Irish budget carrier Ryanair has reported a decent rise in full-year profit despite a business environment that has driven down ticket prices rapidly. But increased capacity and cost cuts proved successful.
Ireland's Ryanair on Tuesday announced a 6-percent rise in bottom-line earnings for its business year ended March 2017.
Europe's largest carrier by passenger numbers said it earned net profit of 1.316 billion euros ($1.46 billion) at the lower end of its own forecast range, but in line with analysts' expectations.
Ryanair registered 120 million passengers for the whole year, targeting 130 million for the current year to March 2018 and thus implying growth of 8 percent.
Calmer waters ahead?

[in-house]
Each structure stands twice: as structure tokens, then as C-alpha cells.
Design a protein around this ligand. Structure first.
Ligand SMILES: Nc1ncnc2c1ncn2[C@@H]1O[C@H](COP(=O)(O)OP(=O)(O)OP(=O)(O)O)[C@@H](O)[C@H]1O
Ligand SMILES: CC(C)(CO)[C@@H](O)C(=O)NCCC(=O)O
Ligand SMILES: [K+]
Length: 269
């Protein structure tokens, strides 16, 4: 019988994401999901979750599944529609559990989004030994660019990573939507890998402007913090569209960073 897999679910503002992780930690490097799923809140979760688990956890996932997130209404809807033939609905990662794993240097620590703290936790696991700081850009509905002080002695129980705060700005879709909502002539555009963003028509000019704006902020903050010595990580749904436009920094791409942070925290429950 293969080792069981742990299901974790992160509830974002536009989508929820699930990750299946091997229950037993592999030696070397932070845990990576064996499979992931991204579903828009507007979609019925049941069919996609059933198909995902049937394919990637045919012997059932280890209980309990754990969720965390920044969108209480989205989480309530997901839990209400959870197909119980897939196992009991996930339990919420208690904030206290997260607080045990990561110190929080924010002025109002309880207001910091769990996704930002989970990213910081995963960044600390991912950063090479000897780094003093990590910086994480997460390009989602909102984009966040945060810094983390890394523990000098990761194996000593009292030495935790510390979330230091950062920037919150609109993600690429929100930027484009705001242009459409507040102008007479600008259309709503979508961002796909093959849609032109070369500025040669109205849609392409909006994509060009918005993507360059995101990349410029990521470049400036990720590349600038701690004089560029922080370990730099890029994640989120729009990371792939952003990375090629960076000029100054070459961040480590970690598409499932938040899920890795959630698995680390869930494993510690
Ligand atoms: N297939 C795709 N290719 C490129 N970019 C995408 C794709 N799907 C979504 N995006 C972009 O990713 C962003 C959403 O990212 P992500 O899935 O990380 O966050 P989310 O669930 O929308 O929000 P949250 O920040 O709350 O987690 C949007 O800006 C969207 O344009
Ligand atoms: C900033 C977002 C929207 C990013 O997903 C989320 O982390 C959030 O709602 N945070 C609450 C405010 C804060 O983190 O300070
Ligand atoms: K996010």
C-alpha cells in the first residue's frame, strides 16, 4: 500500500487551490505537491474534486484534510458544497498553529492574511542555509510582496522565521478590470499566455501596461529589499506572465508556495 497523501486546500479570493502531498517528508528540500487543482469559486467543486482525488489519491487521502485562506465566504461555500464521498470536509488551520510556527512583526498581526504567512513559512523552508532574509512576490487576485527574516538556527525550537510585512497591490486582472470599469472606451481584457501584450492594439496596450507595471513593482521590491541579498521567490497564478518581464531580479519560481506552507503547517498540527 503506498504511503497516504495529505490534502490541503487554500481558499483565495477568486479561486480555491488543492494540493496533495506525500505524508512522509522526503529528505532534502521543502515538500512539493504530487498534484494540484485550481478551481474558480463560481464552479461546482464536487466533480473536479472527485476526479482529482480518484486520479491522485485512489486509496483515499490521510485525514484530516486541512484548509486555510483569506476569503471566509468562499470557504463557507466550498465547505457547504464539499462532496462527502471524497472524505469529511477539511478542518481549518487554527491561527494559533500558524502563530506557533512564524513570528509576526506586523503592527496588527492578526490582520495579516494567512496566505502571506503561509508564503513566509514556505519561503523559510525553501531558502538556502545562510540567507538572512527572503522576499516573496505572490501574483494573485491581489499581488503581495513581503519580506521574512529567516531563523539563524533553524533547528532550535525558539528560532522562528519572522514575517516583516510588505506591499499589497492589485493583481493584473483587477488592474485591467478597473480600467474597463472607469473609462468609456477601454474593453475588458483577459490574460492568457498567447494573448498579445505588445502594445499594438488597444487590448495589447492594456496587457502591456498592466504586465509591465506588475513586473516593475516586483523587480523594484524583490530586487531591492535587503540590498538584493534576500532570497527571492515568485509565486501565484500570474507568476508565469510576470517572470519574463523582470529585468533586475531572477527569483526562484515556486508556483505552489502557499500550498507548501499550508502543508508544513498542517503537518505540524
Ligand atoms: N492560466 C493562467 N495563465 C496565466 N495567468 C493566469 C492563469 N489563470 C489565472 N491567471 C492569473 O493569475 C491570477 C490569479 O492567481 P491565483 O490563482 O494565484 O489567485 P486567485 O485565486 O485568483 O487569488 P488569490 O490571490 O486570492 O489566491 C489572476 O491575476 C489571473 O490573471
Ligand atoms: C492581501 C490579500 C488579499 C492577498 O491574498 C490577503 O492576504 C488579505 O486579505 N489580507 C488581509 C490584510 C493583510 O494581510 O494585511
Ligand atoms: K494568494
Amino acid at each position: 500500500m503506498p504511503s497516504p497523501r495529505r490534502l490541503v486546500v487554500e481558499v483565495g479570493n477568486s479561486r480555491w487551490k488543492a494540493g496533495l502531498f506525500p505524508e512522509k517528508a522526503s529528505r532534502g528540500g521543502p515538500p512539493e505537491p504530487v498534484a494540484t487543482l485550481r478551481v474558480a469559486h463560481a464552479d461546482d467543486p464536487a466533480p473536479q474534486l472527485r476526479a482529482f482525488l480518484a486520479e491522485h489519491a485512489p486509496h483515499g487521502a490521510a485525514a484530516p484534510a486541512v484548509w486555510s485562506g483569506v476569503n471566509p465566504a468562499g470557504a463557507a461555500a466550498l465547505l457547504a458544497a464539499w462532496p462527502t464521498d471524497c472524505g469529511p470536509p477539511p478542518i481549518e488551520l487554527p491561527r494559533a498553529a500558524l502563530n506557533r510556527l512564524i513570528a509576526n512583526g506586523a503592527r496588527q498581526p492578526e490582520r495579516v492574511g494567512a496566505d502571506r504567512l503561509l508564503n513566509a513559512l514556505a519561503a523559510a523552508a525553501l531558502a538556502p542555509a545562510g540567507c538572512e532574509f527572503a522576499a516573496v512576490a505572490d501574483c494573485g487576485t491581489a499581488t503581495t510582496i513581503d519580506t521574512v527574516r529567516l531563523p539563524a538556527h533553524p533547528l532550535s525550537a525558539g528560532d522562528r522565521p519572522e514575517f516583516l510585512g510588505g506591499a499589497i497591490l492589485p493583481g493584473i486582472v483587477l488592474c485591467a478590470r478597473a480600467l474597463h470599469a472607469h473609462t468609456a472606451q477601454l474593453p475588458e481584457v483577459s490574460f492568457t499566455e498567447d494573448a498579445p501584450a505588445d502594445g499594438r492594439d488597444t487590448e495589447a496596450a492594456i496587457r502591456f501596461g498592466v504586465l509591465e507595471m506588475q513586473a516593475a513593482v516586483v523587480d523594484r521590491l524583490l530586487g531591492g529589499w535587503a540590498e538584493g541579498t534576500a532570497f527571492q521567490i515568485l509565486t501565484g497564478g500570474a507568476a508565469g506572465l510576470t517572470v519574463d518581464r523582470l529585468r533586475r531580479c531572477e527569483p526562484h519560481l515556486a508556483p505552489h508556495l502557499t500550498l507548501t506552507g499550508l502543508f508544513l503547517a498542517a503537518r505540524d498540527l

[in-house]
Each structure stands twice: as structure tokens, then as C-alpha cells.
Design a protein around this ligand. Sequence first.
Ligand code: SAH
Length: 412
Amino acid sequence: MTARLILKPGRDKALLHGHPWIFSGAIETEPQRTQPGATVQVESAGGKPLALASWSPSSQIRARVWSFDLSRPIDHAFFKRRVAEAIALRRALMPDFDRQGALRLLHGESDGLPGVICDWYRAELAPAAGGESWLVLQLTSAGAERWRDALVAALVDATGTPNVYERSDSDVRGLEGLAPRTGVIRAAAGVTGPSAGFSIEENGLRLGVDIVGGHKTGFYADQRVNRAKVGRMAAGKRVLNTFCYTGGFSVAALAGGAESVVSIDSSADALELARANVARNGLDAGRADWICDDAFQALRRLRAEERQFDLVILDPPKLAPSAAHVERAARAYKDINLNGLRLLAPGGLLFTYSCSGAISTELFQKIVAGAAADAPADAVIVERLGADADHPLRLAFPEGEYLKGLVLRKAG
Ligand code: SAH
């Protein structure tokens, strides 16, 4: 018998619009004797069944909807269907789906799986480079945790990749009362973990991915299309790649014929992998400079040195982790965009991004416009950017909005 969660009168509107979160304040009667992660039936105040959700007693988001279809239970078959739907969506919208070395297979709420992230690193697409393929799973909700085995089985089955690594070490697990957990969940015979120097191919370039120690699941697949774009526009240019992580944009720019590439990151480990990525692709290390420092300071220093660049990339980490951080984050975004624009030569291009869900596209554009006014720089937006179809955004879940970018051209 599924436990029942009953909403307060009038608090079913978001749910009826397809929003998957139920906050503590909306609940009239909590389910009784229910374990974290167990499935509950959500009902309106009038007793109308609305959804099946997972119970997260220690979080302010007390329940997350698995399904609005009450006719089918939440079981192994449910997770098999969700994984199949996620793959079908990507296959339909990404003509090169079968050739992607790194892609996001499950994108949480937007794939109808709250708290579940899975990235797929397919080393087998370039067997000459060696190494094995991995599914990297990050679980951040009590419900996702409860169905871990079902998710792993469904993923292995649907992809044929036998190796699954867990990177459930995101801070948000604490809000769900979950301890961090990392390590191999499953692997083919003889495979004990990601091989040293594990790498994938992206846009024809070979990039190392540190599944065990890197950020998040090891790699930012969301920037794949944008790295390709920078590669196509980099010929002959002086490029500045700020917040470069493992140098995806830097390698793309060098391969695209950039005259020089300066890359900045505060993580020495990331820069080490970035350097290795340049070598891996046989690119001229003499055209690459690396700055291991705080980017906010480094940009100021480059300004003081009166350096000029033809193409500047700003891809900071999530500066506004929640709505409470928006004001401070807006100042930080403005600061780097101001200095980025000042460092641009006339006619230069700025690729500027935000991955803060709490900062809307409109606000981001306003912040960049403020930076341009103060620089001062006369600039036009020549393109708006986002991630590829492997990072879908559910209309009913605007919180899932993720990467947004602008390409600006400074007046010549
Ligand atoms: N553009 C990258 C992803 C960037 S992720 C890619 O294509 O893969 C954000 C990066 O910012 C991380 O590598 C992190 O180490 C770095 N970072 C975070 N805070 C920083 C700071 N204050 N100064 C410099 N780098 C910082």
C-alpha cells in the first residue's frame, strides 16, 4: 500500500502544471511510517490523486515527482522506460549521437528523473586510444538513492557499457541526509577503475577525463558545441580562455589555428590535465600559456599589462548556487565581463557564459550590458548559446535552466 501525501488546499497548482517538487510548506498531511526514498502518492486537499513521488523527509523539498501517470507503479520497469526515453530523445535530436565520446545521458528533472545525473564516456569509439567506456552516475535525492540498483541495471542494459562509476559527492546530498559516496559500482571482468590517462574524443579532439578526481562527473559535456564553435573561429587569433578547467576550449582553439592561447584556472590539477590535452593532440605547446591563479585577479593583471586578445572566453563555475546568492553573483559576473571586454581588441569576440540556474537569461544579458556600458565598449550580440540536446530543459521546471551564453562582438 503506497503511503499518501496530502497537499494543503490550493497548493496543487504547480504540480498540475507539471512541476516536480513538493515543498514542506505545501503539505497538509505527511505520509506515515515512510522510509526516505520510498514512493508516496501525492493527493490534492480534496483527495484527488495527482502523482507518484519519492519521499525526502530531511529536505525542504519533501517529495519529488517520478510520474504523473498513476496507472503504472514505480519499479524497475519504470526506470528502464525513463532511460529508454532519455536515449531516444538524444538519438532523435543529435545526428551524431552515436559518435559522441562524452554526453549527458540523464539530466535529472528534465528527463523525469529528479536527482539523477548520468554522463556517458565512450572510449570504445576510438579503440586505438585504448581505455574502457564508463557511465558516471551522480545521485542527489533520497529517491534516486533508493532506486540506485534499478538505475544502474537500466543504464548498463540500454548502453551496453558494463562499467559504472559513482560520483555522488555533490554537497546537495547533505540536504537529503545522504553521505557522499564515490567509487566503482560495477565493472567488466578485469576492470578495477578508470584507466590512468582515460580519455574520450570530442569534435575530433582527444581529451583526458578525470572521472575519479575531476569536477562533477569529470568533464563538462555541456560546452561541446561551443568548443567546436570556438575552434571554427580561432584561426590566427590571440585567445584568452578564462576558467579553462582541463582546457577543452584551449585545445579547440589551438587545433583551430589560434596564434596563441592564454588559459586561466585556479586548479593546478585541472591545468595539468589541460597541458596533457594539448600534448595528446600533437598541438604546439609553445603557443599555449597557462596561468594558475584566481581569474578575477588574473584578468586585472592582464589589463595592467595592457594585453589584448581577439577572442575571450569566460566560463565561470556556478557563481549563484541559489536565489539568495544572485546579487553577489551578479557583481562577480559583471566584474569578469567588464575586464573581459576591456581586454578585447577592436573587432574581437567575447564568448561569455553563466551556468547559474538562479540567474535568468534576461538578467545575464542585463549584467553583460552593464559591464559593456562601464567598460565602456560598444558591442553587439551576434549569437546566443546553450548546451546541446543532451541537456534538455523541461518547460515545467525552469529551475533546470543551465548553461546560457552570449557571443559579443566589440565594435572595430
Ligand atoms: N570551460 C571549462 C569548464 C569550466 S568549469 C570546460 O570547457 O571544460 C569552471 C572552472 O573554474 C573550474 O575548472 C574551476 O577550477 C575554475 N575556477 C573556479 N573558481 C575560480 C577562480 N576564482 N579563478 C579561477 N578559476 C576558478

The carrier said it expected fares to fall by another 5 to 7 percent in the current business year, down from an even bigger drop of 13 percent in the previous year.
"We are pleased to report an increase in profit after tax," CEO Michael O'Leary said in a statement, and that "despite difficult trading conditions caused by a series of security events at European cities, a switch of charter capacity from North Africa, Turkey and Egypt to mainland Europe, and a sharp decline in sterling following the June 2016 Brexit vote."
Ryanair currently has 1,800 daily flights across 33 countries and has used the low-fare environment to press home its cost advantage.
hg/jd (Reuters, dpa)